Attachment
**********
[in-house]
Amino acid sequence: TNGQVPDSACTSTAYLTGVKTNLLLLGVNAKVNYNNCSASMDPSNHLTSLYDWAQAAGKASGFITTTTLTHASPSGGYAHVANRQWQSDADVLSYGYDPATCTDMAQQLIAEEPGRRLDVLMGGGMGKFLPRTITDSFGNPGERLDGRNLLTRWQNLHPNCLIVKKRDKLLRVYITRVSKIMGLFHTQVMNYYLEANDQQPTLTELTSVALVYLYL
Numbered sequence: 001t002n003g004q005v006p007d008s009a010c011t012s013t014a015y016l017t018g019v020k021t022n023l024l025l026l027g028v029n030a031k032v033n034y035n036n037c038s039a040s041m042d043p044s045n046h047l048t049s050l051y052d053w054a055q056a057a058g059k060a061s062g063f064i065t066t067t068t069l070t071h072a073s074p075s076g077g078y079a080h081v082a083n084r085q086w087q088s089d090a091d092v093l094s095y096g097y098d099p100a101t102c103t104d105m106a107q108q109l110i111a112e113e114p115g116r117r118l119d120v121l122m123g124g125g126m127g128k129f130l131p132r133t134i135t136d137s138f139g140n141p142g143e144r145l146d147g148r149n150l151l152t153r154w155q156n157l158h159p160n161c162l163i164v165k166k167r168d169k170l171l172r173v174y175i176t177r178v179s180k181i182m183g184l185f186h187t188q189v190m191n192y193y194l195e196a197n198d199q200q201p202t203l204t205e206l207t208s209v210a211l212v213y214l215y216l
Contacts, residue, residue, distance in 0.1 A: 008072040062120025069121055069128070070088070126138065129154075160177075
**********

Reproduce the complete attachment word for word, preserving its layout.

[in-house]
Amino acid sequence: TNGQVPDSACTSTAYLTGVKTNLLLLGVNAKVNYNNCSASMDPSNHLTSLYDWAQAAGKASGFITTTTLTHASPSGGYAHVANRQWQSDADVLSYGYDPATCTDMAQQLIAEEPGRRLDVLMGGGMGKFLPRTITDSFGNPGERLDGRNLLTRWQNLHPNCLIVKKRDKLLRVYITRVSKIMGLFHTQVMNYYLEANDQQPTLTELTSVALVYLYL
Numbered sequence: 001t002n003g004q005v006p007d008s009a010c011t012s013t014a015y016l017t018g019v020k021t022n023l024l025l026l027g028v029n030a031k032v033n034y035n036n037c038s039a040s041m042d043p044s045n046h047l048t049s050l051y052d053w054a055q056a057a058g059k060a061s062g063f064i065t066t067t068t069l070t071h072a073s074p075s076g077g078y079a080h081v082a083n084r085q086w087q088s089d090a091d092v093l094s095y096g097y098d099p100a101t102c103t104d105m106a107q108q109l110i111a112e113e114p115g116r117r118l119d120v121l122m123g124g125g126m127g128k129f130l131p132r133t134i135t136d137s138f139g140n141p142g143e144r145l146d147g148r149n150l151l152t153r154w155q156n157l158h159p160n161c162l163i164v165k166k167r168d169k170l171l172r173v174y175i176t177r178v179s180k181i182m183g184l185f186h187t188q189v190m191n192y193y194l195e196a197n198d199q200q201p202t203l204t205e206l207t208s209v210a211l212v213y214l215y216l
Contacts, residue, residue, distance in 0.1 A: 008072040062120025069121055069128070070088070126138065129154075160177075